Clay Center residents voice opposition to land transfer

A proposed land acquisition in Clay County has ruffled the feathers of many residents.
Published: Aug. 3, 2022 at 10:54 PM CDT
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CLAY CENTER, Neb. (KSNB) - A proposed land acquisition in Clay County has ruffled the feathers of many residents. Ducks Unlimited is proposing a transfer of approximately 1,100 acres to the Nebraska Game and Parks Commission (NGPC).

NGPC held a public hearing Wednesday to gather information about how the public is feeling, with many voicing their opposition.

“It’s a gathering of testimony for or against or neutral, obviously today most of it was against and the main concern you know, over the tax roll, which I emphasized in there we will continue to pay our taxes, it’s called in lieu of taxes but by statute, we’re required to pay taxes,” stated Pat Molini, Assistant Division Administrator with the Nebraska Game and Parks.

Many residents say they are worried that the NGPC will eventually transfer the land to the federal government and take away that revenue for the area.

“We’re concerned that, even though they will pay in lieu of taxes at the same rate that’s currently paid on it, how long will that last? We all know government funding changes around all the time and how long will they hang on to it?” said Wayne Johnson, Chairman of the Clay County Board of Supervisors.

Johnson also stated that there is a lot of U.S. Fish and Wildlife land around Clay Center and that it would be a natural progression if NGPC couldn’t afford to maintain the ground, for it to fall into the hands of U.S. Fish and Wildlife.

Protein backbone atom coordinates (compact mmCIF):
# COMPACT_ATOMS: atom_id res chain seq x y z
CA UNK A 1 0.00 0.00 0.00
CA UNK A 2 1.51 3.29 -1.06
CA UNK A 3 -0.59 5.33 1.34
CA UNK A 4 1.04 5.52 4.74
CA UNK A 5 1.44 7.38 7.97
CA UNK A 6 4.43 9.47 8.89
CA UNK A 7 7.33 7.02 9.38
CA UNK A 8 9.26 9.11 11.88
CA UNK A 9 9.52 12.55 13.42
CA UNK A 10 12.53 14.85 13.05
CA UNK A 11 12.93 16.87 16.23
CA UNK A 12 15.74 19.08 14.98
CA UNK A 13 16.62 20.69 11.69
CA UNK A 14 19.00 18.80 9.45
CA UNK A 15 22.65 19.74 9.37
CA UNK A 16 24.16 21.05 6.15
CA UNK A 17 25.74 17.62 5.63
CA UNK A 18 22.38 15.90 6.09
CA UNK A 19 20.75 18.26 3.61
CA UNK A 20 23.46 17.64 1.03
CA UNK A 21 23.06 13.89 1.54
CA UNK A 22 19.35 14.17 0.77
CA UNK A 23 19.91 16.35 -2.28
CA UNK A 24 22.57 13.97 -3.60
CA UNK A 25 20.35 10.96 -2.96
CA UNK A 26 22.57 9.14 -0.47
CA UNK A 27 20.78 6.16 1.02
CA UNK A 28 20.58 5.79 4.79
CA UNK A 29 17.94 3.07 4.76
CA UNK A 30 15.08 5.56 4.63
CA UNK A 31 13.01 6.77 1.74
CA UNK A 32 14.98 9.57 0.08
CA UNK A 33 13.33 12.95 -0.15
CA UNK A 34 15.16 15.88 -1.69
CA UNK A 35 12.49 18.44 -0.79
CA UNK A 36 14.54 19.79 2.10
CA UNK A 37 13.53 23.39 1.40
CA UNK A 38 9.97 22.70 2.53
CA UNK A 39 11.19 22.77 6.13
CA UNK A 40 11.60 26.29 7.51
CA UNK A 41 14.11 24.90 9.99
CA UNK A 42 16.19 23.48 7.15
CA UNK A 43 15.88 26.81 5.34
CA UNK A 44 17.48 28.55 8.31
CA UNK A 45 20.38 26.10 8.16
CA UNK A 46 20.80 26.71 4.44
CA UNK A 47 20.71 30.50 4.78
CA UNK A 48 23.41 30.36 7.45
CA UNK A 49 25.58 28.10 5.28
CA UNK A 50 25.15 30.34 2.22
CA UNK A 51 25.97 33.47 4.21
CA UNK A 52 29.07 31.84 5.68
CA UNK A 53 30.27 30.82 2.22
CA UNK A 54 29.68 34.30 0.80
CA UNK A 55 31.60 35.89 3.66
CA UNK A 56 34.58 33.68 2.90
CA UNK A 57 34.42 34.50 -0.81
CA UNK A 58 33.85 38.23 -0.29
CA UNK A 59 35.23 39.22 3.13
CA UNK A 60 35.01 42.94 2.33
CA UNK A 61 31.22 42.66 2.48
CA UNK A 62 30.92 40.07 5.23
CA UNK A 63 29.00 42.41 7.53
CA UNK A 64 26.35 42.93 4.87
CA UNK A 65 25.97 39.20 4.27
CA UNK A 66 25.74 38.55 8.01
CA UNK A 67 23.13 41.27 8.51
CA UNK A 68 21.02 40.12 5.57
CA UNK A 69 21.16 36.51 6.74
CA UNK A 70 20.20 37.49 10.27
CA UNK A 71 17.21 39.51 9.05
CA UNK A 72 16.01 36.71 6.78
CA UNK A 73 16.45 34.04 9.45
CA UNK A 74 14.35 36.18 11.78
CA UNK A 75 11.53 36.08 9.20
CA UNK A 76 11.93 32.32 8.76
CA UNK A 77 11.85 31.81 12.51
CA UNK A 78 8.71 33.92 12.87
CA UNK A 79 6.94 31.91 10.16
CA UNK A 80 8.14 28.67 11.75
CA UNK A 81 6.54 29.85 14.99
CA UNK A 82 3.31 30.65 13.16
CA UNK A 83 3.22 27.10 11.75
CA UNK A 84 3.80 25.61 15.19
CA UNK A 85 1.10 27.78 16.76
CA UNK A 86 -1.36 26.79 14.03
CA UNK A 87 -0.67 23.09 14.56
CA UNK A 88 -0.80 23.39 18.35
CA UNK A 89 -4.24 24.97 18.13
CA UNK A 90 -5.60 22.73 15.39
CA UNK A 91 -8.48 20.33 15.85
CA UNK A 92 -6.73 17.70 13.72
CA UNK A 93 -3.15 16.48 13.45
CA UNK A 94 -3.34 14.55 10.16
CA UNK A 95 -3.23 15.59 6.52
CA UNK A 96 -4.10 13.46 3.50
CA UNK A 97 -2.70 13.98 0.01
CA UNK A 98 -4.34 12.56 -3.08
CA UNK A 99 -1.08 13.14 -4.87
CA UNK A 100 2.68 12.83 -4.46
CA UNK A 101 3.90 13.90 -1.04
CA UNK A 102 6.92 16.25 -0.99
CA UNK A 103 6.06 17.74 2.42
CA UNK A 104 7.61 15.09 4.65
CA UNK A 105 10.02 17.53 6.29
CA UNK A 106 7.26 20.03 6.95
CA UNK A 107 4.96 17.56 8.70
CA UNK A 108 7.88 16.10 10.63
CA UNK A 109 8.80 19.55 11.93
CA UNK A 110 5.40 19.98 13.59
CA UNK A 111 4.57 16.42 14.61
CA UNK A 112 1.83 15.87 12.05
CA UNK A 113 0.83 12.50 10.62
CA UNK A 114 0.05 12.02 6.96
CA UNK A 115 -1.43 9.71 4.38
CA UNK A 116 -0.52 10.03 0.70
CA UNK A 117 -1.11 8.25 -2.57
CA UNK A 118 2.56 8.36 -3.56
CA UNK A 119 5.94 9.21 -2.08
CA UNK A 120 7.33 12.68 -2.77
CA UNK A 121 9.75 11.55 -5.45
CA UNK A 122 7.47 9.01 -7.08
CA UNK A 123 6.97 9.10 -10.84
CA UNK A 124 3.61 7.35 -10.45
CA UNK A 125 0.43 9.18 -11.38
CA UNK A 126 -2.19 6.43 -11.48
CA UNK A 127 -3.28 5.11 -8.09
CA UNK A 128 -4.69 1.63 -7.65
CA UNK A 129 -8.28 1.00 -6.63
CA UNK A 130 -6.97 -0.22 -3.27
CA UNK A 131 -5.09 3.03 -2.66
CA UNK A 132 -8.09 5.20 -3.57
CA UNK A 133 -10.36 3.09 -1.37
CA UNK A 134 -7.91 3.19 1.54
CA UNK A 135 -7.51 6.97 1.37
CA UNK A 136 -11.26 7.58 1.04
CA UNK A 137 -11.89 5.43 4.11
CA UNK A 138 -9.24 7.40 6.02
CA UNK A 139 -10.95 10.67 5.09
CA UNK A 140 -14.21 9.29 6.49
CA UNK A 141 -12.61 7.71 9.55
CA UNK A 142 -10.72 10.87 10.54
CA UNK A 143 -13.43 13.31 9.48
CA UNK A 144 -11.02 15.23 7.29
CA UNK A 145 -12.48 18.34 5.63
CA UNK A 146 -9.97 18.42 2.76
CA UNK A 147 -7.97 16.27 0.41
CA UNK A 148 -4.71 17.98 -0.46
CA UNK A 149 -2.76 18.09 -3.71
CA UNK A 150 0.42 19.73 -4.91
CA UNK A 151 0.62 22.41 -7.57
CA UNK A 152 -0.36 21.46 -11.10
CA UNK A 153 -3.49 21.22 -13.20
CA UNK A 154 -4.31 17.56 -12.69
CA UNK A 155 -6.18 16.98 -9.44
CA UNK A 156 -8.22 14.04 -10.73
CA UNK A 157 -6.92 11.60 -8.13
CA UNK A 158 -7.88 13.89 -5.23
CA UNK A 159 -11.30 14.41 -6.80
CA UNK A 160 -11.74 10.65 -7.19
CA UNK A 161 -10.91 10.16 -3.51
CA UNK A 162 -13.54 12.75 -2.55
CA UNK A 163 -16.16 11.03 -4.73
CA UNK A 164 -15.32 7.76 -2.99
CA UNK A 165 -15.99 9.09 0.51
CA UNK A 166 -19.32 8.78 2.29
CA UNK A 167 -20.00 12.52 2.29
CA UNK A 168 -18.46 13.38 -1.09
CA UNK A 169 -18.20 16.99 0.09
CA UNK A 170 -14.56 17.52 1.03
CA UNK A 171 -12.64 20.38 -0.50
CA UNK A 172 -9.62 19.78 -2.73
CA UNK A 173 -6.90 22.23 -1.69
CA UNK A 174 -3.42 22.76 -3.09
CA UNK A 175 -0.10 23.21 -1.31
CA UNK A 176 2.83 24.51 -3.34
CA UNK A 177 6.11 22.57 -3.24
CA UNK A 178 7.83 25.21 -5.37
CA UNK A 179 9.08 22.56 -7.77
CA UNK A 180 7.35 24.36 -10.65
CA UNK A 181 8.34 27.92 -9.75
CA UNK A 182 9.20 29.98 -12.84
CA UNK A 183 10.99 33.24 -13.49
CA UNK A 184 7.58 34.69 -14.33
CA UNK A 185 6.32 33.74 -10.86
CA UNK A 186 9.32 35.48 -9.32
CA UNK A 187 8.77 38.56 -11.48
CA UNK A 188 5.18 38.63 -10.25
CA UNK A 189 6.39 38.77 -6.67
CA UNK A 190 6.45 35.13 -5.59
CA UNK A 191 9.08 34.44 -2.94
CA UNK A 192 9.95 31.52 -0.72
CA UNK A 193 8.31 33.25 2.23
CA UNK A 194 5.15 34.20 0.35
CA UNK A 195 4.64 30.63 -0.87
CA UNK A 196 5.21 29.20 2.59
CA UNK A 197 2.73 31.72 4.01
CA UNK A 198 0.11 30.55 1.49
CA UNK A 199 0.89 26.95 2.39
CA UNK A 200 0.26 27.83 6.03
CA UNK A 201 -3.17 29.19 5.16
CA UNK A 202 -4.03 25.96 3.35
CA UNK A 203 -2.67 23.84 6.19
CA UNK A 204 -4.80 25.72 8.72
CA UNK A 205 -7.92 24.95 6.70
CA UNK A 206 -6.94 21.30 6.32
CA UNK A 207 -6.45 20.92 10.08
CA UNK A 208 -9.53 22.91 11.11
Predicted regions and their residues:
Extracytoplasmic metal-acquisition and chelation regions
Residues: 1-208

“We just want to make our thoughts known, it’s got to go through a lot of steps yet, we don’t have the final say certainly. I’m just expressing my concern over it,” said Johnson.

Molini said the land will not end up in the hands of the federal government, but those in Clay County still have a reason to be skeptical.

”Clay County is very sensitive to this,” stated Johnson. “We do have a government facility, which is west of Clay Center known as MARC, that’s about 35-thousand acres, which was taken from our local farmers back in the 40s.

Johnson said if that land was still on the county’s tax roll, it would have amounted to about $3.4 million per year in tax revenue.

“We’re very sensitive to anything that the government wants to come in and take more of our ground for any purposes,” he said.

NGPC officials said they are now taking their notes from Wednesday’s meeting back to their Board of Commissioners for further discussion.

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